|Leyland Lady 1945|
Years before girls became Ladettes, there was the golden era of the Leyland Lady. The world of trucks is a rather macho one in general but for over 30 years the management at Leyland motors celebrated the fairer sex with their “Leyland Lady” calendar. It was quite unusual in 1930 to use a free calendar as a promotional tool and it was all done in a very genteel manner. There was not a wet T shirt in sight as each carefully painted portrait featured on the front of “The Leyland – she’s a Lady,” calendar.
“Leyland Ladies were very famous during Leyland Motors’ heyday. The company started doing the calendars because they wanted to get the Leyland name known worldwide, so they started making them for offices and workshops. It was a good way of getting the attention of the male workers.” After all, a pretty face always sells..
The calendars were called Leyland – She’s a Lady, because drivers referred to their vehicles as being females, much as they still do today – witness the Eddie Stobart phenomenon.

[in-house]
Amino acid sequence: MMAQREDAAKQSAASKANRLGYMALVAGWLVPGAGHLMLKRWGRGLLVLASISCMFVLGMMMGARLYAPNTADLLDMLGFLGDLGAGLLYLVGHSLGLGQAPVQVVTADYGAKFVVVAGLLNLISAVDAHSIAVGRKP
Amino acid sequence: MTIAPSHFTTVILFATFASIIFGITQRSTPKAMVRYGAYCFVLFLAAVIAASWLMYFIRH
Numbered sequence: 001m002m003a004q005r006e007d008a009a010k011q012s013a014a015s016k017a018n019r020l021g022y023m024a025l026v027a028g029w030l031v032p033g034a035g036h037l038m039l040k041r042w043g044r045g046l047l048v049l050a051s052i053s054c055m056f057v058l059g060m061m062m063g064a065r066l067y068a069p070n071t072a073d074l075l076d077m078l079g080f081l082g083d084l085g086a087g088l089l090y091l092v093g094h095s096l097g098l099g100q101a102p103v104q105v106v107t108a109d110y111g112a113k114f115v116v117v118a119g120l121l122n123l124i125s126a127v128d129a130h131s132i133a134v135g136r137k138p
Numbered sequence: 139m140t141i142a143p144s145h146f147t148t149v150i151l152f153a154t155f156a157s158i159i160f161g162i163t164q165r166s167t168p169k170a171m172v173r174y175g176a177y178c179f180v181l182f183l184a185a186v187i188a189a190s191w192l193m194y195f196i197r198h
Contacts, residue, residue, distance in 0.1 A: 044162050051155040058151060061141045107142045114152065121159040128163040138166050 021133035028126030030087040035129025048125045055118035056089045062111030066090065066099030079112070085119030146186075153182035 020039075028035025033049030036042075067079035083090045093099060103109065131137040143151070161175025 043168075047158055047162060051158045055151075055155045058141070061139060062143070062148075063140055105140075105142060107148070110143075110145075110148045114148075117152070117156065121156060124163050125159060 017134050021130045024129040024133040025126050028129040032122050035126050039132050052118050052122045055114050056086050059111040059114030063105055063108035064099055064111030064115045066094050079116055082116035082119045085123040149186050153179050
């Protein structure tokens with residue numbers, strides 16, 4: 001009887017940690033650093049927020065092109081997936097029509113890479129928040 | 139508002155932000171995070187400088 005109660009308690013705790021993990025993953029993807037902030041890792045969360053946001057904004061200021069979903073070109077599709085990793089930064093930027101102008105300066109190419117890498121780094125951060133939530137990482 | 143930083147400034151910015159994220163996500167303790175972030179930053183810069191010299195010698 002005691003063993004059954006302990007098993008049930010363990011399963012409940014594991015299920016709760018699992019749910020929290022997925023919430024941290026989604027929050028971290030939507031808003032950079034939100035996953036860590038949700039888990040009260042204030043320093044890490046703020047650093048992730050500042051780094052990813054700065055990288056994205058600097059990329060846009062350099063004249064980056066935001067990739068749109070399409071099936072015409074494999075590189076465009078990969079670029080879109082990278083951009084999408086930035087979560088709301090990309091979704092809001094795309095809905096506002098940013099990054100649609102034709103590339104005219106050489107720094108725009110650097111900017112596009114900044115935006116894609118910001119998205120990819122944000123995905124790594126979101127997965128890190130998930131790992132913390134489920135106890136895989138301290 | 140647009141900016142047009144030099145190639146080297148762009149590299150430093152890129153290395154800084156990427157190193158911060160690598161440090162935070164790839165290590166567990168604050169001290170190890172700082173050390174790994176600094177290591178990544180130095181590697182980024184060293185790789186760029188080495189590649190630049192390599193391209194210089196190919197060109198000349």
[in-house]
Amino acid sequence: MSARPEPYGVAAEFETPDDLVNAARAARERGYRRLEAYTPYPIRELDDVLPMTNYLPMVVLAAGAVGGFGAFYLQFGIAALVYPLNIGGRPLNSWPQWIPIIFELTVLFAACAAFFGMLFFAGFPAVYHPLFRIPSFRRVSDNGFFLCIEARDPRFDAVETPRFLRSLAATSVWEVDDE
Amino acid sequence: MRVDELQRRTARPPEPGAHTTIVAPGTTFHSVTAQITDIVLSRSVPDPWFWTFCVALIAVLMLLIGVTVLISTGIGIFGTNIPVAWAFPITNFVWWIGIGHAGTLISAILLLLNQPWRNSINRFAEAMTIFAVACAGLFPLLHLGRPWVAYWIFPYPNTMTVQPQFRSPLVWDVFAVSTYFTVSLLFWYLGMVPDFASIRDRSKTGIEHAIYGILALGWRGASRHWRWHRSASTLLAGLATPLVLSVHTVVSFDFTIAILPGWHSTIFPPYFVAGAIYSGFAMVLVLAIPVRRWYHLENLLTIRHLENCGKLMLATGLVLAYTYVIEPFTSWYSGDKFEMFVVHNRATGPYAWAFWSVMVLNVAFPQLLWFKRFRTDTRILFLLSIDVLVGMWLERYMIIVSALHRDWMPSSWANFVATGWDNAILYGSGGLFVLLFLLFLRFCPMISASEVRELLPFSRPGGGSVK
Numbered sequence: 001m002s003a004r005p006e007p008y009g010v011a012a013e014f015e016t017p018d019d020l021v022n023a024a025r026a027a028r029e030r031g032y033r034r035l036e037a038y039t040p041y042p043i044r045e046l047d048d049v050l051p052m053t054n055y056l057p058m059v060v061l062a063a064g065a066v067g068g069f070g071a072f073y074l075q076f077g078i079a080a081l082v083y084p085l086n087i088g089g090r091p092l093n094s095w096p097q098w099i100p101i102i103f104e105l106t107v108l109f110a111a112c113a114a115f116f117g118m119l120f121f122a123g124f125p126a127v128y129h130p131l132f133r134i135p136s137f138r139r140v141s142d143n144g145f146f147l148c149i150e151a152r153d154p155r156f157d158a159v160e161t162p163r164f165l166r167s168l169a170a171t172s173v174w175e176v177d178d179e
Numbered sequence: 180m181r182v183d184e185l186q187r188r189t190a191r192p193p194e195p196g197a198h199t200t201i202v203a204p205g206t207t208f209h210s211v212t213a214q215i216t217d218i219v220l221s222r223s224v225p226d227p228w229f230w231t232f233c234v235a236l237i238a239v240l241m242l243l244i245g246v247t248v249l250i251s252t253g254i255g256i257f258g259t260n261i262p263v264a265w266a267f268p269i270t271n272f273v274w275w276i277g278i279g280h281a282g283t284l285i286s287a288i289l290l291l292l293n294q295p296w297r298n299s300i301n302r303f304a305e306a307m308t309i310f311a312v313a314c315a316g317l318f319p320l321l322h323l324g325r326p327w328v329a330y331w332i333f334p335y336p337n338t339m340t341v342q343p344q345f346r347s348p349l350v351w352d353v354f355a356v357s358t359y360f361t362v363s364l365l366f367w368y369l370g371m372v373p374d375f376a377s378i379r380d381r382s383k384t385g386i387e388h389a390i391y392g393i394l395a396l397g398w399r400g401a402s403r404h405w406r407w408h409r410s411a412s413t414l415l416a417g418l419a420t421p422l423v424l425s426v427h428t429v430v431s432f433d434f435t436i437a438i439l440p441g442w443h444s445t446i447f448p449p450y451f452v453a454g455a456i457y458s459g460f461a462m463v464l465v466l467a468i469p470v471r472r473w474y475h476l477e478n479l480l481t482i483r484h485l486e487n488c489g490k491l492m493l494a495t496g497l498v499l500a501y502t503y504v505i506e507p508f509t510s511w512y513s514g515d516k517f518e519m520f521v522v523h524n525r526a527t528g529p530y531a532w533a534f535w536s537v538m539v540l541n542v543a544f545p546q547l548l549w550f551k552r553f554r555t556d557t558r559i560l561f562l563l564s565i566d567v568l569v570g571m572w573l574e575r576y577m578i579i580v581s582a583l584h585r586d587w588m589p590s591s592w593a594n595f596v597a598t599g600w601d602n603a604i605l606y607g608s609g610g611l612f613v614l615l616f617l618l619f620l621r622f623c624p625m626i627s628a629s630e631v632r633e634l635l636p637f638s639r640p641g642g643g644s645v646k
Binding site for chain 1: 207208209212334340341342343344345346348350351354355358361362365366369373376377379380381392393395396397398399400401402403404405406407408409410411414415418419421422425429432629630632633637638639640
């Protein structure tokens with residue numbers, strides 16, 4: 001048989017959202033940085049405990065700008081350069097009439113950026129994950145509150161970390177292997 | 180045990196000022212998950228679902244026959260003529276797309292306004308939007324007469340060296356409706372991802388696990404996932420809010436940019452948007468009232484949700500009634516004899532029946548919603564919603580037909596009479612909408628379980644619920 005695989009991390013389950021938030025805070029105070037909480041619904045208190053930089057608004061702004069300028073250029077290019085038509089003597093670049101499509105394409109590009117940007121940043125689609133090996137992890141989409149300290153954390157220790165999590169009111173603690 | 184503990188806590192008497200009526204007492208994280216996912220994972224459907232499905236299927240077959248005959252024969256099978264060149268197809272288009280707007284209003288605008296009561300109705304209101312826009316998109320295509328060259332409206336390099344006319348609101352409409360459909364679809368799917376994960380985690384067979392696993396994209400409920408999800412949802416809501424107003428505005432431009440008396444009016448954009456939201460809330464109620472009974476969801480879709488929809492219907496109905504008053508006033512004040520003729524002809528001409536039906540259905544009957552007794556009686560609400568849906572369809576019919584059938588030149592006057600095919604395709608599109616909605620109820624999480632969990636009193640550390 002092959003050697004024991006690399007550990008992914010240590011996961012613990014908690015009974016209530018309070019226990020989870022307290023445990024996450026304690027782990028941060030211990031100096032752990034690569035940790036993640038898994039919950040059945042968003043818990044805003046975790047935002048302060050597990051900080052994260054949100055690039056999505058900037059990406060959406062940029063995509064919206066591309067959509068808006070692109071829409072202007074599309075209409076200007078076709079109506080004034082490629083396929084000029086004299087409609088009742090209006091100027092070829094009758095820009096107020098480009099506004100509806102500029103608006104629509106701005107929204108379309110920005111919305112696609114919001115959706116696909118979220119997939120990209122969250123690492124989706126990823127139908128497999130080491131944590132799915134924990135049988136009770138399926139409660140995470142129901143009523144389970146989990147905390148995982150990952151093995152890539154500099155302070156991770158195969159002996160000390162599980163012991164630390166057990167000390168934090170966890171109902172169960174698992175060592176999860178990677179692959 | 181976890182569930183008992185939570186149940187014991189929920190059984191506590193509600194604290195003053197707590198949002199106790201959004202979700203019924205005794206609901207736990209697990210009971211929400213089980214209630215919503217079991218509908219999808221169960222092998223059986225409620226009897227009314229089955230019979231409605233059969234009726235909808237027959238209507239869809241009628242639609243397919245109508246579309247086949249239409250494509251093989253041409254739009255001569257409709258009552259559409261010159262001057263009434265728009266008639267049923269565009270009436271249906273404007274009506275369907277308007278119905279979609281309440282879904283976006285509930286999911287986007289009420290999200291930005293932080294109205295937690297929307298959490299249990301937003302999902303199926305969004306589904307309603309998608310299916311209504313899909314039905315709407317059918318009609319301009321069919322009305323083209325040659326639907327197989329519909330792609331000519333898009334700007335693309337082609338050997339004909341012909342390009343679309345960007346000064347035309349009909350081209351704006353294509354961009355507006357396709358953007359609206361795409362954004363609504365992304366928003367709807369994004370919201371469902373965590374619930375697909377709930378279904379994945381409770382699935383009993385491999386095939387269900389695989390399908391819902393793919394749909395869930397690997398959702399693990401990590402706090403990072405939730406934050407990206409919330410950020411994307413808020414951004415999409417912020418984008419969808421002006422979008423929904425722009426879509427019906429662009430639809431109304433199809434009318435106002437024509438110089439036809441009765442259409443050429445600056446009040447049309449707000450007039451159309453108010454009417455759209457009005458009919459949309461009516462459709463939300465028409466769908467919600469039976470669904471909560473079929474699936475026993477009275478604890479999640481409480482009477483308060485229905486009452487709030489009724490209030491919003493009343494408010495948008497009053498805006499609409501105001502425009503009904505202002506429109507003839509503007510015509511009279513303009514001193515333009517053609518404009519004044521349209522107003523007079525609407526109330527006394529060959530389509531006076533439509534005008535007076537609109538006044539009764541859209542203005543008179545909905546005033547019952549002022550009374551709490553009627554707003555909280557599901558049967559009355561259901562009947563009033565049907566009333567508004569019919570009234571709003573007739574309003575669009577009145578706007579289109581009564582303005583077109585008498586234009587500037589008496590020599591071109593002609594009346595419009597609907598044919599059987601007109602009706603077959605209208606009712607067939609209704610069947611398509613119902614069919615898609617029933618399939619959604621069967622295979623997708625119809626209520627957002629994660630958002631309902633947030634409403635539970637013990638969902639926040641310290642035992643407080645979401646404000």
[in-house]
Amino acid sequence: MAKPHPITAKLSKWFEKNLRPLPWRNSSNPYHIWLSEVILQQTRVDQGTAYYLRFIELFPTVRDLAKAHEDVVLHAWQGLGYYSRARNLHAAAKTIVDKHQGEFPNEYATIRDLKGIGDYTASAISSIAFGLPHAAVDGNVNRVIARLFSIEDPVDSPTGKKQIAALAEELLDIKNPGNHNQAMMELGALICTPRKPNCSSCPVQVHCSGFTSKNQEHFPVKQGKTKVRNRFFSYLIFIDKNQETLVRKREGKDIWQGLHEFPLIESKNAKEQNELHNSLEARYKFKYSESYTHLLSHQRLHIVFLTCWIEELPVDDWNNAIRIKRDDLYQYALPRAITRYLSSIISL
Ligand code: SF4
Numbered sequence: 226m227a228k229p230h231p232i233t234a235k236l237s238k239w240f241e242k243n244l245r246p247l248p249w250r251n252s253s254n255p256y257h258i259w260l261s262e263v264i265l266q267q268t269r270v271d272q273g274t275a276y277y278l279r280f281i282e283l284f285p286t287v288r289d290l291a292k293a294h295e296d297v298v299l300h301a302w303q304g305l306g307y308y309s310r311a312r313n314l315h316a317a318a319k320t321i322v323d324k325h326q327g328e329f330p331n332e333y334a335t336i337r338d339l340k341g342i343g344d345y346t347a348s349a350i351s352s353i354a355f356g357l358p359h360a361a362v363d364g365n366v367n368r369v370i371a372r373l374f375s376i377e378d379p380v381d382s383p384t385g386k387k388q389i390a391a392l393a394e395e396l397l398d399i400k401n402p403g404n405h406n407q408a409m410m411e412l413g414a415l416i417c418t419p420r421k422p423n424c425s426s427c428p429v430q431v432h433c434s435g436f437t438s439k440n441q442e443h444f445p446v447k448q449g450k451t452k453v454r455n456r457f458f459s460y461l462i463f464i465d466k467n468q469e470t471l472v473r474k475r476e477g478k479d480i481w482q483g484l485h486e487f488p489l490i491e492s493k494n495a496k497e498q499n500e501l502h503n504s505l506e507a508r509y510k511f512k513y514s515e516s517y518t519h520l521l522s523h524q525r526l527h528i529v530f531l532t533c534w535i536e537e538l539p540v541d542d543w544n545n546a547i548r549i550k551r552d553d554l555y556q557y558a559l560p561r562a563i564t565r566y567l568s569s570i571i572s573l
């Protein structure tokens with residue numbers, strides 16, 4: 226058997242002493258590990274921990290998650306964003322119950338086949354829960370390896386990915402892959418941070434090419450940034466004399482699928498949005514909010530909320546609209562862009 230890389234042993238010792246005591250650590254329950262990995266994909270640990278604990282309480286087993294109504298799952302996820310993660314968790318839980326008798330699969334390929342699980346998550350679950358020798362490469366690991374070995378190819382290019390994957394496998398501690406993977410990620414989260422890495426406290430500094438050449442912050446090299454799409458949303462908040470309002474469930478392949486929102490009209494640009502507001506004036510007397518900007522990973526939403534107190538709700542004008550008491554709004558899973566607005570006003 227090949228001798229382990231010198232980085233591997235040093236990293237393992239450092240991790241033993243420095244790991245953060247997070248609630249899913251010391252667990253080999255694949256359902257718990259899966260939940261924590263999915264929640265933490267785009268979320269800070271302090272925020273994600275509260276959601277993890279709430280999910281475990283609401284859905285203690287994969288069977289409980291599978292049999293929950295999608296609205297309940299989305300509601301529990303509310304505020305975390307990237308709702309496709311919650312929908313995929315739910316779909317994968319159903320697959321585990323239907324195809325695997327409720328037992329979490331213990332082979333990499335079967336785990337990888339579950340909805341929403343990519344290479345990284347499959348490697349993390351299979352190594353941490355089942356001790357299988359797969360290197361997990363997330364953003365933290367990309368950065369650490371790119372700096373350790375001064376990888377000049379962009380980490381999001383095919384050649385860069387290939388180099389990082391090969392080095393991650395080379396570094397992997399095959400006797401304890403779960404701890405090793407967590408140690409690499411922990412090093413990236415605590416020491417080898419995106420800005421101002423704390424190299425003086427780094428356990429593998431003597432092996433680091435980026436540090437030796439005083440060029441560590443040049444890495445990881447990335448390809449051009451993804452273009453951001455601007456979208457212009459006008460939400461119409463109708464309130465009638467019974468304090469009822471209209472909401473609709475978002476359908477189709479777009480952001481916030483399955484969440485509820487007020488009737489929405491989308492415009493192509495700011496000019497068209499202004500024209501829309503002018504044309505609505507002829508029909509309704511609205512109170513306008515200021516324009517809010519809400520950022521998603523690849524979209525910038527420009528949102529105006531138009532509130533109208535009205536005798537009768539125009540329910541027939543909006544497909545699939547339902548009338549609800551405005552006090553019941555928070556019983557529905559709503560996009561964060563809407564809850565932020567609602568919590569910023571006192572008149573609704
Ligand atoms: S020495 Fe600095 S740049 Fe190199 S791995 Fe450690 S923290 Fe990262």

|A gallery of gorgeousness|
The original painter, Walter Lambert, used his wife as his inspiration for some of the early calendars, and he continued the paintings until the late 1960’s. Walter told the Leyland Journal “The fresh complexioned, typically English girl is easily the most popular for this type of work.” A preponderance of fair-haired ladies over the 33 years of the calendars was put down in myth at least to the fact that “Leyland Directors prefer blondes.” None of this sort of thing would go down at all well today in the era of America’s next Top Model.
|1951 was another blonde year|
The last portrait the museum has is from 1968, but there are seven missing from between 1930 and 1968. The search is still on to find the vanished ladies.
British Leyland dropped the calendars after rival firm Pirelli’s more ‘racy’ calendars became popular, and a nice smile with a well tamed hair do just did not cut the mustard anymore.
I wonder if it would outsell the One Direction Calendar? (top seller in the UK 2012)